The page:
Collector’s Eye: Anna Nolan and Allen Covault

It is doubtful the U.S. could boast a national center for Dale William Nichols, the 20th-century artist whose acclaim rested on depicting red barns and realistic representations of rural life in the American Midwest, without the single-minded and whole-hearted efforts of Anna Nolan and her husband, Allen Covault. Anna and Allen constitute the force that breathed life — and funds — into the gem of a museum in the agricultural community of David City, Nebraska.

The Bone Creek Museum of Agrarian Art is as much a paean to Nichols and the artists and sculptors whose works have been acquired for the institution’s permanent collection, as it is a testament to the couple’s desire to impart and cement, for current and future generations, the link between humans and their environments.

“We’re connecting people to the land through art,” says Allen, a retired physics and chemistry teacher.

The museum, the only one of its kind in the U.S. for its exclusive focus on agrarian art, opened its doors in 2008 with its first exhibit — a series of paintings by Texas artist V. . . . Vaughan in a show entitled Last Year on the Farm.

Anna moved to David City from Canada in 1997, three years after the death of her first husband, Professor Richard A. Nolan, a Nebraska native whose college roommate and best friend was Allen Covault. Anna’s interest in music aided in coping with her grief, but artworks helped restore her soul, she says.

Both Anna and Allen were involved with the local arts council when they learned Ruth Nichols — niece of Dale Nichols — was seeking a new space for her studio, and they purchased a downtown building to accommodate her. Extensive renovations led Nichols to settle in elsewhere and Anna and Allen to envision an art museum. Anna insisted there would be no admission charge — just freewill donations — since such fees had proved too dear for her mother to take her six children to museums in their home state of California.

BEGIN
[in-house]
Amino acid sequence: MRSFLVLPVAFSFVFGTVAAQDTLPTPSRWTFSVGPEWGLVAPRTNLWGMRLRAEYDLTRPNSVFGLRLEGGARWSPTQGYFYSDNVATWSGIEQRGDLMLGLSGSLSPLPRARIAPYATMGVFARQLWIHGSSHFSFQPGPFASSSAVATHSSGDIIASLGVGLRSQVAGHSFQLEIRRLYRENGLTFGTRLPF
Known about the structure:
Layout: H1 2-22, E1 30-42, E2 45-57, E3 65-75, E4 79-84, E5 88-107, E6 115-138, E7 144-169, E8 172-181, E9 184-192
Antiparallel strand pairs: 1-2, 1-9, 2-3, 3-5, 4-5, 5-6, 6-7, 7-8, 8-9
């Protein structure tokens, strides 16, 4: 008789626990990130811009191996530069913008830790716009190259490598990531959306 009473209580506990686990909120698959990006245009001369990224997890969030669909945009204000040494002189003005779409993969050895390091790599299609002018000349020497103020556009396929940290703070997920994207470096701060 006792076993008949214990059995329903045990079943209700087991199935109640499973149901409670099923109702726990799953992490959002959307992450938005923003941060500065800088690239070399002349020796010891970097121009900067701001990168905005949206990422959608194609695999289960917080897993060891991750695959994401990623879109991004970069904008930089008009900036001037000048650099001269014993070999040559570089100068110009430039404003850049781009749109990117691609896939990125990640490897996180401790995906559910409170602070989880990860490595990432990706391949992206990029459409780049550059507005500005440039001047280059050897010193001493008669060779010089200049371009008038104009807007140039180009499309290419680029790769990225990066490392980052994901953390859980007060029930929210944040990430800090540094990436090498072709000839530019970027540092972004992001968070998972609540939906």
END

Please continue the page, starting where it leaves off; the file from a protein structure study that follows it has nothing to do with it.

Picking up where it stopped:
“People thought we were crazy not to charge admission, but the donations have been wonderful,” Anna says. “They’re not nearly enough to keep the museum funded, but our support is growing.”

A good portion of that stems from recognition that the couple is generous with their time and funds to inspire all-comers with art and beauty. As if in direct response, artists are known to present the museum with gifts of their work, and the number of visitors has swelled from several hundred in the early days to as many as several thousand — from all 50 states and overseas — today.

WA&A: What inspires you to collect art?

Anna Nolan: An underlying motivation is art’s ability to evoke the contemplative. Seeing certain works is like a meditation. You could be having a crazy day, then stop and look at a painting — Midwestern landscapes by artist Marilyn Bower is one example — and it can refresh you. It can be a spiritual experience.

Allen Covault: As fewer people nationwide are involved in agriculture, it becomes increasingly important to introduce young and urban populations to the land and the lifestyle that produces food. The museum and its artworks form an educational center for images that chronicle small-scale farming, which relied heavily on manual labor. Children from the town and region can learn from that. It’s important to convey to younger generations how important Dale Nichols was in Nebraska and on the national scene. He came from a small community, and his talent was large. That tells children it’s a big world out there, full of opportunities.

WA&A: What constitutes your most profound purchase of art?

A.N.: This year hailed a milestone; we paid off the $250,000 used to purchase Four Seasons, Nichols’ four-painting opus, and the cornerstone of the museum’s collection. The paintings, originally commissioned for a bank in David City, still speak to the collective Midwestern imagination.

A.C.: The allure of the painting Ghosts of Halloween is that it portrays a scene from any farm community: a grain elevator in the style of an earlier era, a modest-sized box car, and a field with corn shocks bundled by hand.

WA&A: What are your most beloved pieces and why?

A.N.: We don’t like to pick favorites mostly because we have so many, both at home and at the museum.

WA&A: At what point did you realize you were collectors?

A.N.: When you contacted us for this column and referred to us as collectors!

WA&A: How will the museum celebrate its 10th year, and where do you see it in 100 years?

A.C: Through September 23, Bone Creek is hosting a centerpiece exhibit, Worthy Rivals, featuring Nichols and his uneasy relationship with Terence Duren, an artist who was his contemporary and who grew up in a neighboring Nebraska town.

As for a century from now, we fully expect education to still be at the heart of the museum’s mission. And in the interim, we formed the Nolan Covault Foundation to ensure Bone Creek’s future growth and success.

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